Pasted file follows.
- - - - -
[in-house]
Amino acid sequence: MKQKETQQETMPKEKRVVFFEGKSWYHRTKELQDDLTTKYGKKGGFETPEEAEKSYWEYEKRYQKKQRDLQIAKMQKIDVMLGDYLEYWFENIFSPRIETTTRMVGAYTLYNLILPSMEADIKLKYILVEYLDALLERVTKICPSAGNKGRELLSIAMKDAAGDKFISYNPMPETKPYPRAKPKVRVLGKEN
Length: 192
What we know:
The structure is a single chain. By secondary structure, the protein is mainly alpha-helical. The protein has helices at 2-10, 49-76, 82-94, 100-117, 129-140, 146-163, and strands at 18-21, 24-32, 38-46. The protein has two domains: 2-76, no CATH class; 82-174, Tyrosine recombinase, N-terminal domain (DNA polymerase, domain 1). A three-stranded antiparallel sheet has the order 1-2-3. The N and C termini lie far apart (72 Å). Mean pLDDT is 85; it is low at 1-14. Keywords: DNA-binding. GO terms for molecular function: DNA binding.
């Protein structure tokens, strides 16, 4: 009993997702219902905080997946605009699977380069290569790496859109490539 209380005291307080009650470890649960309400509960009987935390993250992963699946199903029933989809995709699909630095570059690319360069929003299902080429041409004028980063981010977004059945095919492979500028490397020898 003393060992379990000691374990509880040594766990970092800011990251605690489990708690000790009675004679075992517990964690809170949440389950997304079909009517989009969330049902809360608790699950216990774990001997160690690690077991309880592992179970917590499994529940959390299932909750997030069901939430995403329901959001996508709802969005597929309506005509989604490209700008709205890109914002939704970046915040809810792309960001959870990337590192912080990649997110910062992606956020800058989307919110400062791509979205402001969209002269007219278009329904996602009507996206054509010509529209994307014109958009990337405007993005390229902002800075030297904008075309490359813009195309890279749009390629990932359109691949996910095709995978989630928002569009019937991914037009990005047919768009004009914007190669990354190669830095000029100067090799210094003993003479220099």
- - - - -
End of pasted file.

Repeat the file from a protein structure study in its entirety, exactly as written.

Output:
[in-house]
Amino acid sequence: MKQKETQQETMPKEKRVVFFEGKSWYHRTKELQDDLTTKYGKKGGFETPEEAEKSYWEYEKRYQKKQRDLQIAKMQKIDVMLGDYLEYWFENIFSPRIETTTRMVGAYTLYNLILPSMEADIKLKYILVEYLDALLERVTKICPSAGNKGRELLSIAMKDAAGDKFISYNPMPETKPYPRAKPKVRVLGKEN
Length: 192
What we know:
The structure is a single chain. By secondary structure, the protein is mainly alpha-helical. The protein has helices at 2-10, 49-76, 82-94, 100-117, 129-140, 146-163, and strands at 18-21, 24-32, 38-46. The protein has two domains: 2-76, no CATH class; 82-174, Tyrosine recombinase, N-terminal domain (DNA polymerase, domain 1). A three-stranded antiparallel sheet has the order 1-2-3. The N and C termini lie far apart (72 Å). Mean pLDDT is 85; it is low at 1-14. Keywords: DNA-binding. GO terms for molecular function: DNA binding.
């Protein structure tokens, strides 16, 4: 009993997702219902905080997946605009699977380069290569790496859109490539 209380005291307080009650470890649960309400509960009987935390993250992963699946199903029933989809995709699909630095570059690319360069929003299902080429041409004028980063981010977004059945095919492979500028490397020898 003393060992379990000691374990509880040594766990970092800011990251605690489990708690000790009675004679075992517990964690809170949440389950997304079909009517989009969330049902809360608790699950216990774990001997160690690690077991309880592992179970917590499994529940959390299932909750997030069901939430995403329901959001996508709802969005597929309506005509989604490209700008709205890109914002939704970046915040809810792309960001959870990337590192912080990649997110910062992606956020800058989307919110400062791509979205402001969209002269007219278009329904996602009507996206054509010509529209994307014109958009990337405007993005390229902002800075030297904008075309490359813009195309890279749009390629990932359109691949996910095709995978989630928002569009019937991914037009990005047919768009004009914007190669990354190669830095000029100067090799210094003993003479220099």